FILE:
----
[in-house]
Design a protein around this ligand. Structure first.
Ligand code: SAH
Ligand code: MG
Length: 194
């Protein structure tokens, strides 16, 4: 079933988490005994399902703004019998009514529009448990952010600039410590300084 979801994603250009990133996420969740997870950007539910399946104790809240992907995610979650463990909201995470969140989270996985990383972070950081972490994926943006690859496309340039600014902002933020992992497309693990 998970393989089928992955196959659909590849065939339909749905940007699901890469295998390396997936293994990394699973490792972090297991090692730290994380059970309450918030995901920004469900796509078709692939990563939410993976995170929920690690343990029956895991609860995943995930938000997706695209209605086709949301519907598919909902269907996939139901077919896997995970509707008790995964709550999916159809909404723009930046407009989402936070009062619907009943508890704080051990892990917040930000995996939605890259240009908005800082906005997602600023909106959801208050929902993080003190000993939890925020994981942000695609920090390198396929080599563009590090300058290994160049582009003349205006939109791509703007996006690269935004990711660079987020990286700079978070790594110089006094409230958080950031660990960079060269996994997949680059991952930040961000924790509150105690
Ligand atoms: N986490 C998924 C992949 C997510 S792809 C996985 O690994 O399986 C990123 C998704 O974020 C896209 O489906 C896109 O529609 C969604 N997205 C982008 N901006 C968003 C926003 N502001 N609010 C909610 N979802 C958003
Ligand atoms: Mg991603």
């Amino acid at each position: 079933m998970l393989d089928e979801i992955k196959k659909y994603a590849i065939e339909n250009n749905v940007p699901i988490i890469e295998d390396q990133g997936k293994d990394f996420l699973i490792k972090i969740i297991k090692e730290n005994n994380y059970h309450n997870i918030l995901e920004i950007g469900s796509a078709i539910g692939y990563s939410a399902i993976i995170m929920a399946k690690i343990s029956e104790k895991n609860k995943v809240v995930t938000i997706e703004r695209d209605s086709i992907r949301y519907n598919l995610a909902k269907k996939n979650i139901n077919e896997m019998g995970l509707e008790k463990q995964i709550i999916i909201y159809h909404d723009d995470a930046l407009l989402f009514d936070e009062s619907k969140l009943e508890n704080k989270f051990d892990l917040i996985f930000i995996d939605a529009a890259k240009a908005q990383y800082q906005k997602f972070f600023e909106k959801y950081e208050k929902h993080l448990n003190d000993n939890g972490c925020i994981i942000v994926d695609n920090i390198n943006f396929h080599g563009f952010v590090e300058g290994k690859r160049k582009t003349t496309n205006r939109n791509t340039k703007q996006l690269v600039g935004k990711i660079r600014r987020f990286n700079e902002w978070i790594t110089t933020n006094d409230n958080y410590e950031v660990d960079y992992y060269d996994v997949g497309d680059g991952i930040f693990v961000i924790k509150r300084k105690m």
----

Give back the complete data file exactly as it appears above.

[in-house]
Design a protein around this ligand. Structure first.
Ligand code: SAH
Ligand code: MG
Length: 194
């Protein structure tokens, strides 16, 4: 079933988490005994399902703004019998009514529009448990952010600039410590300084 979801994603250009990133996420969740997870950007539910399946104790809240992907995610979650463990909201995470969140989270996985990383972070950081972490994926943006690859496309340039600014902002933020992992497309693990 998970393989089928992955196959659909590849065939339909749905940007699901890469295998390396997936293994990394699973490792972090297991090692730290994380059970309450918030995901920004469900796509078709692939990563939410993976995170929920690690343990029956895991609860995943995930938000997706695209209605086709949301519907598919909902269907996939139901077919896997995970509707008790995964709550999916159809909404723009930046407009989402936070009062619907009943508890704080051990892990917040930000995996939605890259240009908005800082906005997602600023909106959801208050929902993080003190000993939890925020994981942000695609920090390198396929080599563009590090300058290994160049582009003349205006939109791509703007996006690269935004990711660079987020990286700079978070790594110089006094409230958080950031660990960079060269996994997949680059991952930040961000924790509150105690
Ligand atoms: N986490 C998924 C992949 C997510 S792809 C996985 O690994 O399986 C990123 C998704 O974020 C896209 O489906 C896109 O529609 C969604 N997205 C982008 N901006 C968003 C926003 N502001 N609010 C909610 N979802 C958003
Ligand atoms: Mg991603």
């Amino acid at each position: 079933m998970l393989d089928e979801i992955k196959k659909y994603a590849i065939e339909n250009n749905v940007p699901i988490i890469e295998d390396q990133g997936k293994d990394f996420l699973i490792k972090i969740i297991k090692e730290n005994n994380y059970h309450n997870i918030l995901e920004i950007g469900s796509a078709i539910g692939y990563s939410a399902i993976i995170m929920a399946k690690i343990s029956e104790k895991n609860k995943v809240v995930t938000i997706e703004r695209d209605s086709i992907r949301y519907n598919l995610a909902k269907k996939n979650i139901n077919e896997m019998g995970l509707e008790k463990q995964i709550i999916i909201y159809h909404d723009d995470a930046l407009l989402f009514d936070e009062s619907k969140l009943e508890n704080k989270f051990d892990l917040i996985f930000i995996d939605a529009a890259k240009a908005q990383y800082q906005k997602f972070f600023e909106k959801y950081e208050k929902h993080l448990n003190d000993n939890g972490c925020i994981i942000v994926d695609n920090i390198n943006f396929h080599g563009f952010v590090e300058g290994k690859r160049k582009t003349t496309n205006r939109n791509t340039k703007q996006l690269v600039g935004k990711i660079r600014r987020f990286n700079e902002w978070i790594t110089t933020n006094d409230n958080y410590e950031v660990d960079y992992y060269d996994v997949g497309d680059g991952i930040f693990v961000i924790k509150r300084k105690m």